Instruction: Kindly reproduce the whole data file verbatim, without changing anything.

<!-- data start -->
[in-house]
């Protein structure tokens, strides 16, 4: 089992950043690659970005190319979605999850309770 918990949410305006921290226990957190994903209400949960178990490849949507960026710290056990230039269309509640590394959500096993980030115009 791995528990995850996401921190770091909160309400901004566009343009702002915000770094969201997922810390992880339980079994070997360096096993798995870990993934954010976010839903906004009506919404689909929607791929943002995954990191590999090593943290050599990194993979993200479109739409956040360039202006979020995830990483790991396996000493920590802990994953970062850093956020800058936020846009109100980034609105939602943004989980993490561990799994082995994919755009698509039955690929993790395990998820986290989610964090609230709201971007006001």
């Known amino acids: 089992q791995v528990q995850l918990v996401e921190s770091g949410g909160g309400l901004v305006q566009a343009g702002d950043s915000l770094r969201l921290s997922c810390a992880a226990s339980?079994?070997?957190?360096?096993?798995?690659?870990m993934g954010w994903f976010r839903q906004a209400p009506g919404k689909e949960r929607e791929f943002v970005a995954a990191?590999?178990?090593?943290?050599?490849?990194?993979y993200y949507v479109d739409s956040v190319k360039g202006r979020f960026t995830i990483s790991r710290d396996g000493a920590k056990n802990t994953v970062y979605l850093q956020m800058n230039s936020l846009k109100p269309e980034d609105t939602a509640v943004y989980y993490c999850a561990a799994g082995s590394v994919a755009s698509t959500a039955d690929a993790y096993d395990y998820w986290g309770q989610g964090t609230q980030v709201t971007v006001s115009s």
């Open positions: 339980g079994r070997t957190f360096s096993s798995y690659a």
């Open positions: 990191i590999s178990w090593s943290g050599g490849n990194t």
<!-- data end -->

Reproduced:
[in-house]
């Protein structure tokens, strides 16, 4: 089992950043690659970005190319979605999850309770 918990949410305006921290226990957190994903209400949960178990490849949507960026710290056990230039269309509640590394959500096993980030115009 791995528990995850996401921190770091909160309400901004566009343009702002915000770094969201997922810390992880339980079994070997360096096993798995870990993934954010976010839903906004009506919404689909929607791929943002995954990191590999090593943290050599990194993979993200479109739409956040360039202006979020995830990483790991396996000493920590802990994953970062850093956020800058936020846009109100980034609105939602943004989980993490561990799994082995994919755009698509039955690929993790395990998820986290989610964090609230709201971007006001």
């Known amino acids: 089992q791995v528990q995850l918990v996401e921190s770091g949410g909160g309400l901004v305006q566009a343009g702002d950043s915000l770094r969201l921290s997922c810390a992880a226990s339980?079994?070997?957190?360096?096993?798995?690659?870990m993934g954010w994903f976010r839903q906004a209400p009506g919404k689909e949960r929607e791929f943002v970005a995954a990191?590999?178990?090593?943290?050599?490849?990194?993979y993200y949507v479109d739409s956040v190319k360039g202006r979020f960026t995830i990483s790991r710290d396996g000493a920590k056990n802990t994953v970062y979605l850093q956020m800058n230039s936020l846009k109100p269309e980034d609105t939602a509640v943004y989980y993490c999850a561990a799994g082995s590394v994919a755009s698509t959500a039955d690929a993790y096993d395990y998820w986290g309770q989610g964090t609230q980030v709201t971007v006001s115009s």
């Open positions: 339980g079994r070997t957190f360096s096993s798995y690659a």
């Open positions: 990191i590999s178990w090593s943290g050599g490849n990194t």